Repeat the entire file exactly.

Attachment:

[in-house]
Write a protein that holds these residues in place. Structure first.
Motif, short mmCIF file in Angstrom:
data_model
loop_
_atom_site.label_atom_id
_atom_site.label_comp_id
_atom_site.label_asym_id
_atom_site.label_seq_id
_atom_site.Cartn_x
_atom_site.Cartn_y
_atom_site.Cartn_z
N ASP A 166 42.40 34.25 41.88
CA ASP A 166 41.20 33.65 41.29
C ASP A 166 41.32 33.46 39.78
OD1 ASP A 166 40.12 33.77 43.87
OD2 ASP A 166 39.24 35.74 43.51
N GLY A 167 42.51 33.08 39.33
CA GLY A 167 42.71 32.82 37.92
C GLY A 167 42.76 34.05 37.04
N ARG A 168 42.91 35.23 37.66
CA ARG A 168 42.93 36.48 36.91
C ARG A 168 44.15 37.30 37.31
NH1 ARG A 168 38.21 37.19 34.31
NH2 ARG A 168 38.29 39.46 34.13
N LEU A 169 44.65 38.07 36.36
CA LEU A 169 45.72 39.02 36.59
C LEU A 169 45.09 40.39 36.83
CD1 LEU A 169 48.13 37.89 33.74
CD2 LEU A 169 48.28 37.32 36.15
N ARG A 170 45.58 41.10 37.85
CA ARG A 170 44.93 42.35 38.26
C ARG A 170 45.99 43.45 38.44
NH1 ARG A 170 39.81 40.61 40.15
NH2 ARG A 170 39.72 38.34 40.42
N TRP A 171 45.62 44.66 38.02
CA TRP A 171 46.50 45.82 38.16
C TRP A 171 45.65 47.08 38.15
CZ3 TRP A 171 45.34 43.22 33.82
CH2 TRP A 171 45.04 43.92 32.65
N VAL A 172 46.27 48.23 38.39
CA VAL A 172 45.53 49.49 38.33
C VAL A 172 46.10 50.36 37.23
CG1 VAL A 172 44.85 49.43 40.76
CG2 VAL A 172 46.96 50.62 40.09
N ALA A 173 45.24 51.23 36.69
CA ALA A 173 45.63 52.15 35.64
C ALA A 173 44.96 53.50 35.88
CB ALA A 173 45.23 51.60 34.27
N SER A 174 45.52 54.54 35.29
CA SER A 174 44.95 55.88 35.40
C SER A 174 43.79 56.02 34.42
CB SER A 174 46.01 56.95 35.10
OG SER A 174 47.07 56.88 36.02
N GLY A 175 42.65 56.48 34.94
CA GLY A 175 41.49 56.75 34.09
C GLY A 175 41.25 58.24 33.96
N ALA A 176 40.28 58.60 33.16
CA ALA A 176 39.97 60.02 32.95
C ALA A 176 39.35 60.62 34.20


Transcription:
[in-house]
Write a protein that holds these residues in place. Structure first.
Motif, short mmCIF file in Angstrom:
data_model
loop_
_atom_site.label_atom_id
_atom_site.label_comp_id
_atom_site.label_asym_id
_atom_site.label_seq_id
_atom_site.Cartn_x
_atom_site.Cartn_y
_atom_site.Cartn_z
N ASP A 166 42.40 34.25 41.88
CA ASP A 166 41.20 33.65 41.29
C ASP A 166 41.32 33.46 39.78
OD1 ASP A 166 40.12 33.77 43.87
OD2 ASP A 166 39.24 35.74 43.51
N GLY A 167 42.51 33.08 39.33
CA GLY A 167 42.71 32.82 37.92
C GLY A 167 42.76 34.05 37.04
N ARG A 168 42.91 35.23 37.66
CA ARG A 168 42.93 36.48 36.91
C ARG A 168 44.15 37.30 37.31
NH1 ARG A 168 38.21 37.19 34.31
NH2 ARG A 168 38.29 39.46 34.13
N LEU A 169 44.65 38.07 36.36
CA LEU A 169 45.72 39.02 36.59
C LEU A 169 45.09 40.39 36.83
CD1 LEU A 169 48.13 37.89 33.74
CD2 LEU A 169 48.28 37.32 36.15
N ARG A 170 45.58 41.10 37.85
CA ARG A 170 44.93 42.35 38.26
C ARG A 170 45.99 43.45 38.44
NH1 ARG A 170 39.81 40.61 40.15
NH2 ARG A 170 39.72 38.34 40.42
N TRP A 171 45.62 44.66 38.02
CA TRP A 171 46.50 45.82 38.16
C TRP A 171 45.65 47.08 38.15
CZ3 TRP A 171 45.34 43.22 33.82
CH2 TRP A 171 45.04 43.92 32.65
N VAL A 172 46.27 48.23 38.39
CA VAL A 172 45.53 49.49 38.33
C VAL A 172 46.10 50.36 37.23
CG1 VAL A 172 44.85 49.43 40.76
CG2 VAL A 172 46.96 50.62 40.09
N ALA A 173 45.24 51.23 36.69
CA ALA A 173 45.63 52.15 35.64
C ALA A 173 44.96 53.50 35.88
CB ALA A 173 45.23 51.60 34.27
N SER A 174 45.52 54.54 35.29
CA SER A 174 44.95 55.88 35.40
C SER A 174 43.79 56.02 34.42
CB SER A 174 46.01 56.95 35.10
OG SER A 174 47.07 56.88 36.02
N GLY A 175 42.65 56.48 34.94
CA GLY A 175 41.49 56.75 34.09
C GLY A 175 41.25 58.24 33.96
N ALA A 176 40.28 58.60 33.16
CA ALA A 176 39.97 60.02 32.95
C ALA A 176 39.35 60.62 34.20